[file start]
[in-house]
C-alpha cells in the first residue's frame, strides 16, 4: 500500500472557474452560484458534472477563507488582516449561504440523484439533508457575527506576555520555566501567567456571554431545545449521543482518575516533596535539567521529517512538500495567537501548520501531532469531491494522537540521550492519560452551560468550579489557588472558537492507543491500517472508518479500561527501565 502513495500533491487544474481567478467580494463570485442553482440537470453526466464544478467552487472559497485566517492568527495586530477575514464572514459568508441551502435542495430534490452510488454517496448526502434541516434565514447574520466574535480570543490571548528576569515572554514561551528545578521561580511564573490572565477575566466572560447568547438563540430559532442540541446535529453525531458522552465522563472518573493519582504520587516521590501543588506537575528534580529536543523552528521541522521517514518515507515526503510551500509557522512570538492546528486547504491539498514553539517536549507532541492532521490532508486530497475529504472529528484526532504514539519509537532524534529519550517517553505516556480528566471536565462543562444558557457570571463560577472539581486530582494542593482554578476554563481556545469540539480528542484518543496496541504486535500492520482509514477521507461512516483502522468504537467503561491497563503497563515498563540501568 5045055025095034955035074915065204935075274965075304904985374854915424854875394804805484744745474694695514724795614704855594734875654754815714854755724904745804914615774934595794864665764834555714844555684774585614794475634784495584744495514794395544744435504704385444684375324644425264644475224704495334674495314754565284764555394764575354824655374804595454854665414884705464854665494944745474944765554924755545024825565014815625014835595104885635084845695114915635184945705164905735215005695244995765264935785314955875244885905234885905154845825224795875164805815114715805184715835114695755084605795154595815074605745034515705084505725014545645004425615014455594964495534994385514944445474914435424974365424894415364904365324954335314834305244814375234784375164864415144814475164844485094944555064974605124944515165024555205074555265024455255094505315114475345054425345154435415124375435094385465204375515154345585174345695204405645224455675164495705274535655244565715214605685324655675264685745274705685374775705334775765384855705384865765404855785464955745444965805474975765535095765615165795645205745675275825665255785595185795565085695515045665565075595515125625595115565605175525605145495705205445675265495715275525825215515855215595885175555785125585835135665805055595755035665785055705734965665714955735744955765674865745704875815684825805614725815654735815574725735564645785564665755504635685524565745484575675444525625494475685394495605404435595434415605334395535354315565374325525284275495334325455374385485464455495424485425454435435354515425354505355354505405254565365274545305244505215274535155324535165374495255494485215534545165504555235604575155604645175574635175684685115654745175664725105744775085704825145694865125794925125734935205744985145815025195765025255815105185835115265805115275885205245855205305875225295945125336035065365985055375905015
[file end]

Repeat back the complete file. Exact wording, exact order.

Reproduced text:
[in-house]
C-alpha cells in the first residue's frame, strides 16, 4: 500500500472557474452560484458534472477563507488582516449561504440523484439533508457575527506576555520555566501567567456571554431545545449521543482518575516533596535539567521529517512538500495567537501548520501531532469531491494522537540521550492519560452551560468550579489557588472558537492507543491500517472508518479500561527501565 502513495500533491487544474481567478467580494463570485442553482440537470453526466464544478467552487472559497485566517492568527495586530477575514464572514459568508441551502435542495430534490452510488454517496448526502434541516434565514447574520466574535480570543490571548528576569515572554514561551528545578521561580511564573490572565477575566466572560447568547438563540430559532442540541446535529453525531458522552465522563472518573493519582504520587516521590501543588506537575528534580529536543523552528521541522521517514518515507515526503510551500509557522512570538492546528486547504491539498514553539517536549507532541492532521490532508486530497475529504472529528484526532504514539519509537532524534529519550517517553505516556480528566471536565462543562444558557457570571463560577472539581486530582494542593482554578476554563481556545469540539480528542484518543496496541504486535500492520482509514477521507461512516483502522468504537467503561491497563503497563515498563540501568 5045055025095034955035074915065204935075274965075304904985374854915424854875394804805484744745474694695514724795614704855594734875654754815714854755724904745804914615774934595794864665764834555714844555684774585614794475634784495584744495514794395544744435504704385444684375324644425264644475224704495334674495314754565284764555394764575354824655374804595454854665414884705464854665494944745474944765554924755545024825565014815625014835595104885635084845695114915635184945705164905735215005695244995765264935785314955875244885905234885905154845825224795875164805815114715805184715835114695755084605795154595815074605745034515705084505725014545645004425615014455594964495534994385514944445474914435424974365424894415364904365324954335314834305244814375234784375164864415144814475164844485094944555064974605124944515165024555205074555265024455255094505315114475345054425345154435415124375435094385465204375515154345585174345695204405645224455675164495705274535655244565715214605685324655675264685745274705685374775705334775765384855705384865765404855785464955745444965805474975765535095765615165795645205745675275825665255785595185795565085695515045665565075595515125625595115565605175525605145495705205445675265495715275525825215515855215595885175555785125585835135665805055595755035665785055705734965665714955735744955765674865745704875815684825805614725815654735815574725735564645785564665755504635685524565745484575675444525625494475685394495605404435595434415605334395535354315565374325525284275495334325455374385485464455495424485425454435435354515425354505355354505405254565365274545305244505215274535155324535165374495255494485215534545165504555235604575155604645175574635175684685115654745175664725105744775085704825145694865125794925125734935205744985145815025195765025255815105185835115265805115275885205245855205305875225295945125336035065365985055375905015